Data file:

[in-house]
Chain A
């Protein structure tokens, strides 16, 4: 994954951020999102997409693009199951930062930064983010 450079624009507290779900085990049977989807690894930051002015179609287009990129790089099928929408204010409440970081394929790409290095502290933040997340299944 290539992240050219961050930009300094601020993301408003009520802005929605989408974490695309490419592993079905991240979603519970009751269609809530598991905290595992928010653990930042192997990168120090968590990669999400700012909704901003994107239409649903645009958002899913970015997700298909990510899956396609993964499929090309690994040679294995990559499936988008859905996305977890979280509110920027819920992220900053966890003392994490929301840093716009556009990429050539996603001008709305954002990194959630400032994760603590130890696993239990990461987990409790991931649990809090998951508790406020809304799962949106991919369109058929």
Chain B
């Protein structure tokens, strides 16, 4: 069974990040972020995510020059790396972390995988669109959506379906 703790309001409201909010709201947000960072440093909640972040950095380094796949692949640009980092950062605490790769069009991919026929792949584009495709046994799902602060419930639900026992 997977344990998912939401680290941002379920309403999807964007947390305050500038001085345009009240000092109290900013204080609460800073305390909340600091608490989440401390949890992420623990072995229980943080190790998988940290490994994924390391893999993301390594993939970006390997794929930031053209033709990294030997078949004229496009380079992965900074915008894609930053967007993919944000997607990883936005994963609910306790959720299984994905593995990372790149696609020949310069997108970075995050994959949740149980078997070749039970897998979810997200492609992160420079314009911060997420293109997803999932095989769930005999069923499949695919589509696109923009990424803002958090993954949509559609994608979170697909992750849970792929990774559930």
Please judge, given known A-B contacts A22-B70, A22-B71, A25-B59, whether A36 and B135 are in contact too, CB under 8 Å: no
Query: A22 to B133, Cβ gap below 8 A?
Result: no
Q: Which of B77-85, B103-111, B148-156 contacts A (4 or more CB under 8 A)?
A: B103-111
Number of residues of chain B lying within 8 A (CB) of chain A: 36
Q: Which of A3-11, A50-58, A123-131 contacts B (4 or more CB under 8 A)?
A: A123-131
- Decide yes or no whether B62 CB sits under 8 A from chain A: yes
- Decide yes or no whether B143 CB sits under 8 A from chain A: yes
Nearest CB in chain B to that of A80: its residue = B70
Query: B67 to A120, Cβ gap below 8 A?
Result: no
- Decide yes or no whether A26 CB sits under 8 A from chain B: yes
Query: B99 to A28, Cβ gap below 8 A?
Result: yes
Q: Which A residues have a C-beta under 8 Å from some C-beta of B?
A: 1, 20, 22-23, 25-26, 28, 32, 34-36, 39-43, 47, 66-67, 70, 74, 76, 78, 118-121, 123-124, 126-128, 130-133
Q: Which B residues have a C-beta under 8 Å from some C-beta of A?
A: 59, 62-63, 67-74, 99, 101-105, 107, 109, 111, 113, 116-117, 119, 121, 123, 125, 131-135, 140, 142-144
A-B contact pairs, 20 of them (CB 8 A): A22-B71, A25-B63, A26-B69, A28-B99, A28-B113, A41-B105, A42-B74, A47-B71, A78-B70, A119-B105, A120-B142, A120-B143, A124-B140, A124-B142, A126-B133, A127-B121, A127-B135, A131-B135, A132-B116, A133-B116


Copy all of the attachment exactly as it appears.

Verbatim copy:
[in-house]
Chain A
């Protein structure tokens, strides 16, 4: 994954951020999102997409693009199951930062930064983010 450079624009507290779900085990049977989807690894930051002015179609287009990129790089099928929408204010409440970081394929790409290095502290933040997340299944 290539992240050219961050930009300094601020993301408003009520802005929605989408974490695309490419592993079905991240979603519970009751269609809530598991905290595992928010653990930042192997990168120090968590990669999400700012909704901003994107239409649903645009958002899913970015997700298909990510899956396609993964499929090309690994040679294995990559499936988008859905996305977890979280509110920027819920992220900053966890003392994490929301840093716009556009990429050539996603001008709305954002990194959630400032994760603590130890696993239990990461987990409790991931649990809090998951508790406020809304799962949106991919369109058929």
Chain B
């Protein structure tokens, strides 16, 4: 069974990040972020995510020059790396972390995988669109959506379906 703790309001409201909010709201947000960072440093909640972040950095380094796949692949640009980092950062605490790769069009991919026929792949584009495709046994799902602060419930639900026992 997977344990998912939401680290941002379920309403999807964007947390305050500038001085345009009240000092109290900013204080609460800073305390909340600091608490989440401390949890992420623990072995229980943080190790998988940290490994994924390391893999993301390594993939970006390997794929930031053209033709990294030997078949004229496009380079992965900074915008894609930053967007993919944000997607990883936005994963609910306790959720299984994905593995990372790149696609020949310069997108970075995050994959949740149980078997070749039970897998979810997200492609992160420079314009911060997420293109997803999932095989769930005999069923499949695919589509696109923009990424803002958090993954949509559609994608979170697909992750849970792929990774559930």
Please judge, given known A-B contacts A22-B70, A22-B71, A25-B59, whether A36 and B135 are in contact too, CB under 8 Å: no
Query: A22 to B133, Cβ gap below 8 A?
Result: no
Q: Which of B77-85, B103-111, B148-156 contacts A (4 or more CB under 8 A)?
A: B103-111
Number of residues of chain B lying within 8 A (CB) of chain A: 36
Q: Which of A3-11, A50-58, A123-131 contacts B (4 or more CB under 8 A)?
A: A123-131
- Decide yes or no whether B62 CB sits under 8 A from chain A: yes
- Decide yes or no whether B143 CB sits under 8 A from chain A: yes
Nearest CB in chain B to that of A80: its residue = B70
Query: B67 to A120, Cβ gap below 8 A?
Result: no
- Decide yes or no whether A26 CB sits under 8 A from chain B: yes
Query: B99 to A28, Cβ gap below 8 A?
Result: yes
Q: Which A residues have a C-beta under 8 Å from some C-beta of B?
A: 1, 20, 22-23, 25-26, 28, 32, 34-36, 39-43, 47, 66-67, 70, 74, 76, 78, 118-121, 123-124, 126-128, 130-133
Q: Which B residues have a C-beta under 8 Å from some C-beta of A?
A: 59, 62-63, 67-74, 99, 101-105, 107, 109, 111, 113, 116-117, 119, 121, 123, 125, 131-135, 140, 142-144
A-B contact pairs, 20 of them (CB 8 A): A22-B71, A25-B63, A26-B69, A28-B99, A28-B113, A41-B105, A42-B74, A47-B71, A78-B70, A119-B105, A120-B142, A120-B143, A124-B140, A124-B142, A126-B133, A127-B121, A127-B135, A131-B135, A132-B116, A133-B116